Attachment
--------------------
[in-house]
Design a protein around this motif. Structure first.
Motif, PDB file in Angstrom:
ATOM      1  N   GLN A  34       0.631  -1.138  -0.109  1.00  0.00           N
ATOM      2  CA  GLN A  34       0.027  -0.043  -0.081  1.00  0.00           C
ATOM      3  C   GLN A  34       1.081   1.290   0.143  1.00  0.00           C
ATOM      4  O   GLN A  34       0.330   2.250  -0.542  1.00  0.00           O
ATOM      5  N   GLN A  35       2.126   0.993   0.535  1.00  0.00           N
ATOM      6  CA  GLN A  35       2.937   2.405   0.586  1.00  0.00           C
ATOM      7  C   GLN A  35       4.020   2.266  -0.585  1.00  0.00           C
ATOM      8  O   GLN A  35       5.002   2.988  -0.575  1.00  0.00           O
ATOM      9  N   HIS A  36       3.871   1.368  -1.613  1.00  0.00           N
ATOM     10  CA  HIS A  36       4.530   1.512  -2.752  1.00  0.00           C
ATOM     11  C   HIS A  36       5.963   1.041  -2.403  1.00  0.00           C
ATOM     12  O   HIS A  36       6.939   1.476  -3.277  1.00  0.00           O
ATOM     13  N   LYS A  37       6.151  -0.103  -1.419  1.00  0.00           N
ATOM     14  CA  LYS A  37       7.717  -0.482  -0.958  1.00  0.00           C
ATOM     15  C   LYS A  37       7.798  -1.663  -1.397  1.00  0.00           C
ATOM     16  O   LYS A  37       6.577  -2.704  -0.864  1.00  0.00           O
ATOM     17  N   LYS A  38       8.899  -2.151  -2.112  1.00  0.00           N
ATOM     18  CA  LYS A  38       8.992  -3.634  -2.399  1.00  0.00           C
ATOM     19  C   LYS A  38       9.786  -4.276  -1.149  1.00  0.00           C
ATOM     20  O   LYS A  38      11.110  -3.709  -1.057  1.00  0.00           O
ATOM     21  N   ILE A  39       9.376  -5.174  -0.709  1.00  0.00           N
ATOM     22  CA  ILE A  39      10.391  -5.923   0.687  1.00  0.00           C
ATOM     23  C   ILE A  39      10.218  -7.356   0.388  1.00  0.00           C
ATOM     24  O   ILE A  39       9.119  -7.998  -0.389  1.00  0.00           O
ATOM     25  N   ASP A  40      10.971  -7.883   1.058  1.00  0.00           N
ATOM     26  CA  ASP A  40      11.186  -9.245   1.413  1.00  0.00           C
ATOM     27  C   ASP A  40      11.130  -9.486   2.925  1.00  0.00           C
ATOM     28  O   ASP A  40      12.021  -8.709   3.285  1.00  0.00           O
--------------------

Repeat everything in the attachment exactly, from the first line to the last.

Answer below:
[in-house]
Design a protein around this motif. Structure first.
Motif, PDB file in Angstrom:
ATOM      1  N   GLN A  34       0.631  -1.138  -0.109  1.00  0.00           N
ATOM      2  CA  GLN A  34       0.027  -0.043  -0.081  1.00  0.00           C
ATOM      3  C   GLN A  34       1.081   1.290   0.143  1.00  0.00           C
ATOM      4  O   GLN A  34       0.330   2.250  -0.542  1.00  0.00           O
ATOM      5  N   GLN A  35       2.126   0.993   0.535  1.00  0.00           N
ATOM      6  CA  GLN A  35       2.937   2.405   0.586  1.00  0.00           C
ATOM      7  C   GLN A  35       4.020   2.266  -0.585  1.00  0.00           C
ATOM      8  O   GLN A  35       5.002   2.988  -0.575  1.00  0.00           O
ATOM      9  N   HIS A  36       3.871   1.368  -1.613  1.00  0.00           N
ATOM     10  CA  HIS A  36       4.530   1.512  -2.752  1.00  0.00           C
ATOM     11  C   HIS A  36       5.963   1.041  -2.403  1.00  0.00           C
ATOM     12  O   HIS A  36       6.939   1.476  -3.277  1.00  0.00           O
ATOM     13  N   LYS A  37       6.151  -0.103  -1.419  1.00  0.00           N
ATOM     14  CA  LYS A  37       7.717  -0.482  -0.958  1.00  0.00           C
ATOM     15  C   LYS A  37       7.798  -1.663  -1.397  1.00  0.00           C
ATOM     16  O   LYS A  37       6.577  -2.704  -0.864  1.00  0.00           O
ATOM     17  N   LYS A  38       8.899  -2.151  -2.112  1.00  0.00           N
ATOM     18  CA  LYS A  38       8.992  -3.634  -2.399  1.00  0.00           C
ATOM     19  C   LYS A  38       9.786  -4.276  -1.149  1.00  0.00           C
ATOM     20  O   LYS A  38      11.110  -3.709  -1.057  1.00  0.00           O
ATOM     21  N   ILE A  39       9.376  -5.174  -0.709  1.00  0.00           N
ATOM     22  CA  ILE A  39      10.391  -5.923   0.687  1.00  0.00           C
ATOM     23  C   ILE A  39      10.218  -7.356   0.388  1.00  0.00           C
ATOM     24  O   ILE A  39       9.119  -7.998  -0.389  1.00  0.00           O
ATOM     25  N   ASP A  40      10.971  -7.883   1.058  1.00  0.00           N
ATOM     26  CA  ASP A  40      11.186  -9.245   1.413  1.00  0.00           C
ATOM     27  C   ASP A  40      11.130  -9.486   2.925  1.00  0.00           C
ATOM     28  O   ASP A  40      12.021  -8.709   3.285  1.00  0.00           O